The FBI is forging ahead in its push for U.S. laws that would allow the agency to wiretap social networking sites and other providers of Internet communications, such as email and instant messaging, according to CNET.com.
FBI Director Robert Mueller confirmed during a congressional hearing this week that the FBI still wants an Internet wiretap law, but he did not say when the Obama administration would present a proposal.
The explosion of online communications as more Americans rely less on traditional wire line telephones has made it harder to keep track of illegal activities, the FBI argues. The agency wants providers of Internet-based devices and service providers to install back doors for government eavesdropping.
The FBI’s proposal would amend a 1994 law, called the Communications Assistance for Law Enforcement Act, or CALEA, that currently applies only to telecommunications providers, not Web companies. From the FBI’s perspective, expanding CALEA to cover VoIP, Web e-mail, and social networks isn’t expanding wiretapping law: If a court order is required today, one will be required tomorrow as well. Rather, it’s making sure that a wiretap is guaranteed to produce results.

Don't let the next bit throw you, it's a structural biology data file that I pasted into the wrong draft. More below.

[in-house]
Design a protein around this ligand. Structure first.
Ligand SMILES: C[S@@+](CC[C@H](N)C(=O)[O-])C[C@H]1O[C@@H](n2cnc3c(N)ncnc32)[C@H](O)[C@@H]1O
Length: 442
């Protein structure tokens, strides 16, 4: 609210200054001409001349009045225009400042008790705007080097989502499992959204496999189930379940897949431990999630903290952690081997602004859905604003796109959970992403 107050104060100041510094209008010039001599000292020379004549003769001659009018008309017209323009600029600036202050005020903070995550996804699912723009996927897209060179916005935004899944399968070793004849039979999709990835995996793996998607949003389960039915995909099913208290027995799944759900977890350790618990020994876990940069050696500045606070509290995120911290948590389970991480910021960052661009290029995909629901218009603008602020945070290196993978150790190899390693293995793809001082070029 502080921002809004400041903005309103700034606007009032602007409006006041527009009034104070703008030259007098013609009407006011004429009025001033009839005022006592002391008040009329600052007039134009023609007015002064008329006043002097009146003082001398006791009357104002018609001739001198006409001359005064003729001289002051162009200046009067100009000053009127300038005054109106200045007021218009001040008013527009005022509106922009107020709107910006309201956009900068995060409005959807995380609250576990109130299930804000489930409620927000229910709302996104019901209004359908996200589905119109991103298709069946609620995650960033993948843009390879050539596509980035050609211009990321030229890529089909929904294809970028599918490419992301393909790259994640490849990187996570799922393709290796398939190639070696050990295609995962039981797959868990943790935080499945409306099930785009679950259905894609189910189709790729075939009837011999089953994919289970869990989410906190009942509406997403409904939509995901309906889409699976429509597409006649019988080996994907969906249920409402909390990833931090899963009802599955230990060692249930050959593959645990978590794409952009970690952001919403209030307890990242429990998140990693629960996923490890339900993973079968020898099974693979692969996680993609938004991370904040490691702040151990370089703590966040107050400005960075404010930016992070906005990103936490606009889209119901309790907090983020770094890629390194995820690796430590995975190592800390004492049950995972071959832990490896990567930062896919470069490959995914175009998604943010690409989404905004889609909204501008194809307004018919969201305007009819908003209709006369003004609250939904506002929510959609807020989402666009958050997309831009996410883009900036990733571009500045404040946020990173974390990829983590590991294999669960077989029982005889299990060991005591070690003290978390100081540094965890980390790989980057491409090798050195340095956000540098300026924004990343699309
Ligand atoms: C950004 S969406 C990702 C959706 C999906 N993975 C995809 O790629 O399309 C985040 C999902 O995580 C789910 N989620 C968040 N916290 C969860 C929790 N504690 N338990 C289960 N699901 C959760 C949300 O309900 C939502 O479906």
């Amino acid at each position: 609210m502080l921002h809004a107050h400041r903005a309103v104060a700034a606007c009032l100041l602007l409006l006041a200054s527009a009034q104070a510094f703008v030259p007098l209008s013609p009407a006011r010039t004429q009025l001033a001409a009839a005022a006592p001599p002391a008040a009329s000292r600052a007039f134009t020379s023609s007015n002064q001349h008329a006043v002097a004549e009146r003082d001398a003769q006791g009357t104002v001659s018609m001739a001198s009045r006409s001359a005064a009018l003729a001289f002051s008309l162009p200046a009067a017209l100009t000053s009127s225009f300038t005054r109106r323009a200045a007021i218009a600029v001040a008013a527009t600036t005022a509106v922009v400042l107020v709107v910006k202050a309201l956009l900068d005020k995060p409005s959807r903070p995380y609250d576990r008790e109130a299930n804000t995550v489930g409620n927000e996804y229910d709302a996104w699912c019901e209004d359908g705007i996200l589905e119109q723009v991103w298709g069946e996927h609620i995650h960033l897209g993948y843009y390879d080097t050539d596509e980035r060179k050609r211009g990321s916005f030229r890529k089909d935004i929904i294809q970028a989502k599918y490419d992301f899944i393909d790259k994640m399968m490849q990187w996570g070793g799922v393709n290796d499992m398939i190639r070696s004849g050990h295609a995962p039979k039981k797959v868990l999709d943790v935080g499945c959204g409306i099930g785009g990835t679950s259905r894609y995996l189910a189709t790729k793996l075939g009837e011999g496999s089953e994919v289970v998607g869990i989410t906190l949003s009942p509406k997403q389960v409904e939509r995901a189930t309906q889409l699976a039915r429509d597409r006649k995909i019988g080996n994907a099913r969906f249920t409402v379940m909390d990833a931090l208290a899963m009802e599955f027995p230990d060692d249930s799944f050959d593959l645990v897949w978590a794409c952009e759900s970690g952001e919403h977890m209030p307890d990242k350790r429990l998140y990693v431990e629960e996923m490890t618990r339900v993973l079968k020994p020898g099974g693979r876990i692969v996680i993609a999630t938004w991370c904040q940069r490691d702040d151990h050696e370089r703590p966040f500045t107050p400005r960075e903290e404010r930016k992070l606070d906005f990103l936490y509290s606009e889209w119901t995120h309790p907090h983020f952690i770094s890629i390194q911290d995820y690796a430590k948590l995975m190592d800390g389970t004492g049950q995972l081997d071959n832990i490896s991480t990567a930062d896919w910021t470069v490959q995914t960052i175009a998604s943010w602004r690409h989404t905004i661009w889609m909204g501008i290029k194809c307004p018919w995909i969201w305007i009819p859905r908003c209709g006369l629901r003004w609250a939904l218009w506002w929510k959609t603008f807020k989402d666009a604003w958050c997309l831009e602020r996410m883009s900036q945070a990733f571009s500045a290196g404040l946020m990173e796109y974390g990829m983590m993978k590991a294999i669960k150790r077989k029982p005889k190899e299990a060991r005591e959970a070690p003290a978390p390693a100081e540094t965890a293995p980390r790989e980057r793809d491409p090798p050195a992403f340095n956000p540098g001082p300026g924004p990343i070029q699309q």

Governments around globe have increased surveillance of online communications in response to pro-democracy demonstrations fueled in large part by instant communications via Twitter, Facebook and other social networking sites.
Should the U.S. government’s wiretap laws be extended to cover online communications?